TFA [sciencedaily.com] seems to be misrepresenting the research somewhat. They claim that there is a divide in evolutionary theory between "random inheritance" and "deterministic inheritance." However, the actual article is describing the difference between unbiased (stochastic) and biased (selected or constrained) evolution of variation. In both cases the usual random genetic variation with fitness selection would occur.

The scientists are not claiming that evolution is deterministic or guided, but rather that there are strong selections and constraints that bias some variations to be more likely to appear than others. In their words:

We propose that developmental evolution is primarily governed by selection and/or selection-independent constraints, not stochastic processes such as drift in unconstrained phenotypic space.
As an example of a constraint, they mention "generative constraints" (i.e. fitness is selecting for a certain feature, and there are multiple ways of achieving that feature, but one's genetic heritage will bias one implementation over another). Their evidence for the drift in variations being generally "biased" is based on the occurrence (over generations) of various traits: for instance they observe fewer "reversals" (reappearance of traits that were previously common) than would be expected if the variability were entirely stochastic/random.

This is, in any case, my understanding of the paper... but I'm a chemist/physicist, not a biologist! (So hopefully a biologist in the crowd will further explain this paper.) Overall, however, I think the article doesn't summarize the work properly, since they are suggesting that evolution is highly directed and deterministic, whereas the paper is instead analyzing the "degree of bias" that is inherent to the selection effects of evolution. For instance, the scientific paper doesn't claim that evolution can't produce non-advantageous mutations.

Re:Wait... what's different here? (1)

eepok (545733) | more than 6 years ago | (#22103284)

I think the article doesn't summarize the work properly, since they are suggesting that evolution is highly directed and deterministic, whereas the paper is instead analyzing the "degree of bias" that is inherent to the selection effects of evolution. For instance, the scientific paper doesn't claim that evolution can't produce non-advantageous mutations.


That clears everything up.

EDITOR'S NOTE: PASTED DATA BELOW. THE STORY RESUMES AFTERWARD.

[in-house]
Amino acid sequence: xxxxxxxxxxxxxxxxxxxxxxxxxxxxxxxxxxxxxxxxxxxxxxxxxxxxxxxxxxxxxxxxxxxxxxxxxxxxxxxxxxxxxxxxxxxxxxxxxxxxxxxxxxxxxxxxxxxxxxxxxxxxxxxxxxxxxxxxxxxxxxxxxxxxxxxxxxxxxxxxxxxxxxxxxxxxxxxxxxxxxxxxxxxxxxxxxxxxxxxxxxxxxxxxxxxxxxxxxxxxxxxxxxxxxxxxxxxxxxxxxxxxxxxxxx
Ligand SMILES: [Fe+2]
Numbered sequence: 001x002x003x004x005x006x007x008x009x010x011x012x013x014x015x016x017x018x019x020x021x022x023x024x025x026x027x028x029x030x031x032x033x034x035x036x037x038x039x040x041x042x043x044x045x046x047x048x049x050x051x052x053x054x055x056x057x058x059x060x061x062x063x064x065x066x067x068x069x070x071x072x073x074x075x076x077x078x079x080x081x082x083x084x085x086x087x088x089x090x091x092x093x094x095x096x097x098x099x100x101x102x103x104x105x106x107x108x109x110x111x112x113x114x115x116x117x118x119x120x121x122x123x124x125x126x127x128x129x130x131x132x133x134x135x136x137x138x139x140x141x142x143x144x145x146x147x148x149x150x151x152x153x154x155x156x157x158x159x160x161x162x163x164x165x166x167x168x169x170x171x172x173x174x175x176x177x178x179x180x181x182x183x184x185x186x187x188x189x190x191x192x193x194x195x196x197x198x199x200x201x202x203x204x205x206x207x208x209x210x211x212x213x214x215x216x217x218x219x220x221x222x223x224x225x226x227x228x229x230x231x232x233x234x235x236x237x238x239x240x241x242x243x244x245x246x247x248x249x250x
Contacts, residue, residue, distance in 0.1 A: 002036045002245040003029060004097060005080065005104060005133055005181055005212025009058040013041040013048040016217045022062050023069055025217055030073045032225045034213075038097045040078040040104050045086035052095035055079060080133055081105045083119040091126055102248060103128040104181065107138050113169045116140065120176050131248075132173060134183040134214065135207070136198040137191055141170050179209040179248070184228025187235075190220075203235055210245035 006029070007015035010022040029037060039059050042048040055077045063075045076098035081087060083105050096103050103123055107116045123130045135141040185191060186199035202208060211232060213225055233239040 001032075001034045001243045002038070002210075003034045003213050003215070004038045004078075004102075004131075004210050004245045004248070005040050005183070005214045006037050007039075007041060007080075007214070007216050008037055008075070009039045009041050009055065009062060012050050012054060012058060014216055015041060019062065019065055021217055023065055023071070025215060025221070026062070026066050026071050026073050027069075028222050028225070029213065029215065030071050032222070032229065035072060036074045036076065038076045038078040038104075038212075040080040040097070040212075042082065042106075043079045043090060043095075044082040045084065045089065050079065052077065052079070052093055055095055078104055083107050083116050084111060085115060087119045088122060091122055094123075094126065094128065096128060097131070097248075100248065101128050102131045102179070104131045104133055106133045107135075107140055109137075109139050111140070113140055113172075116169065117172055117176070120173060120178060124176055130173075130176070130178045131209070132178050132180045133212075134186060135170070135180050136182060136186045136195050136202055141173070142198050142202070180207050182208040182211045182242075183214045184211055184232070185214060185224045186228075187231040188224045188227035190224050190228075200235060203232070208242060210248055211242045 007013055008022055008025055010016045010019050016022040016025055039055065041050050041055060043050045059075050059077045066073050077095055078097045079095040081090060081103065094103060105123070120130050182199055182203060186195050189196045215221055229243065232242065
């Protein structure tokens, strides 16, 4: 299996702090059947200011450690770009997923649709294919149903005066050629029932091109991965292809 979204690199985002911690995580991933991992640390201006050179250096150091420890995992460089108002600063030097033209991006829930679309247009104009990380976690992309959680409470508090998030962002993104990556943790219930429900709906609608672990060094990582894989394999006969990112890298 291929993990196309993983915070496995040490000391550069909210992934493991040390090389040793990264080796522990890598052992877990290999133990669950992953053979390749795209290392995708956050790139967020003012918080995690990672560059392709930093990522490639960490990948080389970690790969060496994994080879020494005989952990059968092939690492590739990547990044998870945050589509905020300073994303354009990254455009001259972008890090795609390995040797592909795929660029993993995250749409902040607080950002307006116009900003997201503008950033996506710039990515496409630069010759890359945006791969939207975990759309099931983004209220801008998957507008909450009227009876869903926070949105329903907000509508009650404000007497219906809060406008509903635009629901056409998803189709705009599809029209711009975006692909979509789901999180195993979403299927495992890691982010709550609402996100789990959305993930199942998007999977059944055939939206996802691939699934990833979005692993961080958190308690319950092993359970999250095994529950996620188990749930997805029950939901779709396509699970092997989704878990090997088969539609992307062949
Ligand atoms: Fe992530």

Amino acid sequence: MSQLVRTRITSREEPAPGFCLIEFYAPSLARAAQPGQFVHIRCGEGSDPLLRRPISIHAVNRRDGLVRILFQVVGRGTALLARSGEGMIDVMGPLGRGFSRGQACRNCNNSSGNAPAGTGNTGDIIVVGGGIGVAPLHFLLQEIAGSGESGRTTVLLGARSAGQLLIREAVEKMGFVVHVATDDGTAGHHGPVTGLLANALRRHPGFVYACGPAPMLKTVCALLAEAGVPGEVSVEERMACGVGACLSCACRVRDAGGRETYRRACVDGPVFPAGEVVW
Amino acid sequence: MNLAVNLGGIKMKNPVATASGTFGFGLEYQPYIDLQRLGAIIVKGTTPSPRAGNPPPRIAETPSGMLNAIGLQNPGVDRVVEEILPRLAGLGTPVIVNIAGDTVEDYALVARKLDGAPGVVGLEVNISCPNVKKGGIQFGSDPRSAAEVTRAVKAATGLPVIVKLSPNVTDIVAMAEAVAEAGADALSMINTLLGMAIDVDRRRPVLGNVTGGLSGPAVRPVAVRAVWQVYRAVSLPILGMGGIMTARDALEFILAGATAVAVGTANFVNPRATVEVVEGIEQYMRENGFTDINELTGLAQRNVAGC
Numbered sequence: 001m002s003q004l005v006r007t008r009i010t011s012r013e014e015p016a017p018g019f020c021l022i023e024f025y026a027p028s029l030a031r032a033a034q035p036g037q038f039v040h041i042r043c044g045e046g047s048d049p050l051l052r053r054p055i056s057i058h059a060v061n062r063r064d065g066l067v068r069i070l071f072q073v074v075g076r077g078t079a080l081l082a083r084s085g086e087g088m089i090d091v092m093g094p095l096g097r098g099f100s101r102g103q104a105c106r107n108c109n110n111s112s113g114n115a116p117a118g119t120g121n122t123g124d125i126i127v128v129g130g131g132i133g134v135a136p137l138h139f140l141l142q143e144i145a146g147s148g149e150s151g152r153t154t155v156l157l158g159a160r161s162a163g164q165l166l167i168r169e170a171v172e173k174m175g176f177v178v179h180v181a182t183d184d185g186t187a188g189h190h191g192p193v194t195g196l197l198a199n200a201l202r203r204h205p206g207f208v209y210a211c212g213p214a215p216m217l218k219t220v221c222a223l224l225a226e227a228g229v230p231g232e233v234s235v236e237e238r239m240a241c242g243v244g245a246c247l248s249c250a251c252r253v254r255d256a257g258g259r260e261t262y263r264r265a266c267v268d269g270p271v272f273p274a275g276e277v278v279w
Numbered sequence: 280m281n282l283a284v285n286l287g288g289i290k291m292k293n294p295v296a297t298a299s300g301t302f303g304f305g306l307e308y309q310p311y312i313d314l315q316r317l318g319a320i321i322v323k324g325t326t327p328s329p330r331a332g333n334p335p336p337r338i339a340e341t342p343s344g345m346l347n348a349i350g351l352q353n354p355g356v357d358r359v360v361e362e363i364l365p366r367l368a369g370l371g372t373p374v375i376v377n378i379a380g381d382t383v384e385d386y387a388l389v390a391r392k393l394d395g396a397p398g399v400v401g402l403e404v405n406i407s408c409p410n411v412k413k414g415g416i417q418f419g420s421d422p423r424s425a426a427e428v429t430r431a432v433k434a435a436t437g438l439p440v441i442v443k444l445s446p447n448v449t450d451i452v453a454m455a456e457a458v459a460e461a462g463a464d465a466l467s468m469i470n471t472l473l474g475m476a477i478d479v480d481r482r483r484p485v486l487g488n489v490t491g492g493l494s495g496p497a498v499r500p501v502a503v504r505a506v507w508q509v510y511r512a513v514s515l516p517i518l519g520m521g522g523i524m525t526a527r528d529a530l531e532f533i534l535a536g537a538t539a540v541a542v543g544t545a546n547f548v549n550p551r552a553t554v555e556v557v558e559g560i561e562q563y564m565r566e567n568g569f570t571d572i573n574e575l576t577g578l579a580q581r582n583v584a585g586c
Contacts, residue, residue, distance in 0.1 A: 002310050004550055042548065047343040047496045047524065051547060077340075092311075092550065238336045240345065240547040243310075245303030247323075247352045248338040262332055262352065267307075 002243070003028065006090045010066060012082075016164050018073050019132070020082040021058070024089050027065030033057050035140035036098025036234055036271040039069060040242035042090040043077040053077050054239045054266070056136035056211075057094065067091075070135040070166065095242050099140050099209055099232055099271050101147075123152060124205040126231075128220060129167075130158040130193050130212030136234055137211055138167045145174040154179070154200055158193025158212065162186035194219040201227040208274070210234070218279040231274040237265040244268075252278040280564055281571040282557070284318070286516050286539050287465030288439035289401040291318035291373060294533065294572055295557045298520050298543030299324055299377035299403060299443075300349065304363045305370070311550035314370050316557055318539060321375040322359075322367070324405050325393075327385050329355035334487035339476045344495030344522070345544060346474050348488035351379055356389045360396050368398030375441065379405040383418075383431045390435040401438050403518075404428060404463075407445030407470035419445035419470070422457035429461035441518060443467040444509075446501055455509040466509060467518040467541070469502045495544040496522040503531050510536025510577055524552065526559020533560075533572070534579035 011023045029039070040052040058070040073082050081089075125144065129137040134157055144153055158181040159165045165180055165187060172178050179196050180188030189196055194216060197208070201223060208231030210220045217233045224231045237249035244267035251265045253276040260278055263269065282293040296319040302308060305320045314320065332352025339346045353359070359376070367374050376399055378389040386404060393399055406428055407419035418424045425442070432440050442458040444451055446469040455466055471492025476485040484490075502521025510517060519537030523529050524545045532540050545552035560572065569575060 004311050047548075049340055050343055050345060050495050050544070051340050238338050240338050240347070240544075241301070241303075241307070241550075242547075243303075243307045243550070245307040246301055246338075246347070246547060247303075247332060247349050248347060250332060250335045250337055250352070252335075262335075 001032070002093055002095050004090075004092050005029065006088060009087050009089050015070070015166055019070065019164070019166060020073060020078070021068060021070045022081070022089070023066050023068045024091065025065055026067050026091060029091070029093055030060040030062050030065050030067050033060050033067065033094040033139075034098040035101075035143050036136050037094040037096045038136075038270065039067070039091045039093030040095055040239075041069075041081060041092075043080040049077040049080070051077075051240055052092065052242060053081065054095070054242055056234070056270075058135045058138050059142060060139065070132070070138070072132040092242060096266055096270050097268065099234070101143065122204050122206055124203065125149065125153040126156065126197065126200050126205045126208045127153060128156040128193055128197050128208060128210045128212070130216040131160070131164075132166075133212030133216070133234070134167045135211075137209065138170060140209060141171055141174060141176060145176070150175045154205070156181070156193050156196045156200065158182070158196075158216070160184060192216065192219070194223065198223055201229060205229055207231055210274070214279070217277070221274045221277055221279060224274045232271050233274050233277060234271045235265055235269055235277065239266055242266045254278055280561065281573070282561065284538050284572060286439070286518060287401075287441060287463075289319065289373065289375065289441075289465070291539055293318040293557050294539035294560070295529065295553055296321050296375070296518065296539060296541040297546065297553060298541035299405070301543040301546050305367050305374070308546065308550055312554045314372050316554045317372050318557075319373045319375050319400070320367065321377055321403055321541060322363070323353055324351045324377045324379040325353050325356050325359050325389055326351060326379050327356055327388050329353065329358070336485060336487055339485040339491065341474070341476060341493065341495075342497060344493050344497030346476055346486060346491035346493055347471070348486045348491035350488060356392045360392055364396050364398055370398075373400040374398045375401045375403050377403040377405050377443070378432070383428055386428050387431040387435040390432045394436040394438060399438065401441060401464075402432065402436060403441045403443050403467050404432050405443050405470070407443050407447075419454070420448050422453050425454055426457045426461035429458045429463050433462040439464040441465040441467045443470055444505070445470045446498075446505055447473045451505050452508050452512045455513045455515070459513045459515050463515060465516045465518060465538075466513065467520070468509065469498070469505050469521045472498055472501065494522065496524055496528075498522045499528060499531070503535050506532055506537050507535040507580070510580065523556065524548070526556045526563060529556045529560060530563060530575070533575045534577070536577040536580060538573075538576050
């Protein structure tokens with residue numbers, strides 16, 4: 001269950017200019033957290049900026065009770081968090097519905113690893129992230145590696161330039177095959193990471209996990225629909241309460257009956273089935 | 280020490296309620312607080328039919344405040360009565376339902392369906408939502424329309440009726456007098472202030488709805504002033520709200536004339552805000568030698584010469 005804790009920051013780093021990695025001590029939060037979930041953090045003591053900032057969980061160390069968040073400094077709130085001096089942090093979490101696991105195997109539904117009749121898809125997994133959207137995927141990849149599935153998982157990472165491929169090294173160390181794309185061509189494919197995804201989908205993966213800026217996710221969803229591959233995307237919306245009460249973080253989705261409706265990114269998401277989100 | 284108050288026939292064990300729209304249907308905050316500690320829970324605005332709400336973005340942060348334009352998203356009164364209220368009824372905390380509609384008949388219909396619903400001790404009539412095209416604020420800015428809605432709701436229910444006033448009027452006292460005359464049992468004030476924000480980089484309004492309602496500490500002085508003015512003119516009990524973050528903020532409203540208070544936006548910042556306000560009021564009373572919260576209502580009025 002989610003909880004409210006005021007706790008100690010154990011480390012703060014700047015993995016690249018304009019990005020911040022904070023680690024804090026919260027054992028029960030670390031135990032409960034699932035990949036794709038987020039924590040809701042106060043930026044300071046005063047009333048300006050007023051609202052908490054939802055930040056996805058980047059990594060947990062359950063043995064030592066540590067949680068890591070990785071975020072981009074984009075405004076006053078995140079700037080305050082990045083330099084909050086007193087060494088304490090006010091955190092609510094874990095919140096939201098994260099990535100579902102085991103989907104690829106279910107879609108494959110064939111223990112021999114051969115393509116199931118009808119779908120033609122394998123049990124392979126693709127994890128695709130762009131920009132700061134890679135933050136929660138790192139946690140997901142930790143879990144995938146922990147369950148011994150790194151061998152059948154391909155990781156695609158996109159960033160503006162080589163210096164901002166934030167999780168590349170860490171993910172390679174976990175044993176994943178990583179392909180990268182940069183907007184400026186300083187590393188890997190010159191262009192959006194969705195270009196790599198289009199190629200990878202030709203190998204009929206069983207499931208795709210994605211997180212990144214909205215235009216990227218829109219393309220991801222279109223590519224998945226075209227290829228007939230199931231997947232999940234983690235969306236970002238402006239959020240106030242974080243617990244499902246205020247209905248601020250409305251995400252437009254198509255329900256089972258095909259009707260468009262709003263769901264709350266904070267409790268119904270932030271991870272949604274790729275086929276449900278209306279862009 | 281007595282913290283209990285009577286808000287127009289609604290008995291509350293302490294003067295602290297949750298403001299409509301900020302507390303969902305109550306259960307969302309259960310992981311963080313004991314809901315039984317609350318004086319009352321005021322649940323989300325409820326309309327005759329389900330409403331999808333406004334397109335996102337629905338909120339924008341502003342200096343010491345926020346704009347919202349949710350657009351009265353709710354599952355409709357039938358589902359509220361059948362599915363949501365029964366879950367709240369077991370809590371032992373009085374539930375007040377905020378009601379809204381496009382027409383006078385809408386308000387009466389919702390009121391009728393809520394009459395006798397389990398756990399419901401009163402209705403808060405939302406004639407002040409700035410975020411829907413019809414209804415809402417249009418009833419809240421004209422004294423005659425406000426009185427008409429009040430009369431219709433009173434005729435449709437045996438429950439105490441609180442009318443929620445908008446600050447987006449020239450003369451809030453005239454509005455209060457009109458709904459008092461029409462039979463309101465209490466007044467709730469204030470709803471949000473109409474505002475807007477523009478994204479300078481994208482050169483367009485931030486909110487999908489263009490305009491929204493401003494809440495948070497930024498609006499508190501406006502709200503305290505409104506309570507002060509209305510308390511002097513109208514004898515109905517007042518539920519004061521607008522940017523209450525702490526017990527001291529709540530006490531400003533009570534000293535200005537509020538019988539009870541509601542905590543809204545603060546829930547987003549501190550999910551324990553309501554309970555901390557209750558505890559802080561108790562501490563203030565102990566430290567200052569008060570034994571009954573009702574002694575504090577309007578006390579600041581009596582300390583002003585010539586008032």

Re:Wait... what's different here? (1)

Gat0r30y (957941) | more than 6 years ago | (#22102738)

Repeat many many times and you get a separation of a special line.

Or perhaps not.... what I mean is that the trait may spread through the population, then speciation may occur through another method, such a geographical separation of a group (see Darwin's Finches). Or the trait may be so bad ass that it will spread through the whole population effectively leaving the entire species changed, but perhaps not different enough to call a new species.
On to the matter at hand, I do not believe you interpret the finding correctly. It was a verification that Natural Selection is what drives evolution and not A Competing Theory (which ID folk is only a theory BECAUSE IT IS FALSIFIABLE as just happened). By random mutation in the offspring we would expect to see a wide variety of mutations, the idea was that over time, these sorts of random mutations would move the overall population toward whatever mutations were effective vs. Natural Selection, which is what you describe and what was verified by these folks (and was what I learned in high school bio too).

Re:Wait... what's different here? (4, Interesting)

dasunt (249686) | more than 6 years ago | (#22102800)

I've always thought that the rate of mutation should be alterable as well.

Depending on the creature, it may take more effort or less effort to ensure the integrity of its DNA. Some creatures can take massive doses of radiation and survive, some can survive massive exposures to what would be carcigenic in humans, etc.

So shouldn't evolution heuristically arrive at a rate of mutation that is beneficial to a species?

I thought this was obvious, but maybe I should write a paper on it. :p

Re:Wait... what's different here? (2, Insightful)

snaz555 (903274) | more than 6 years ago | (#22102866)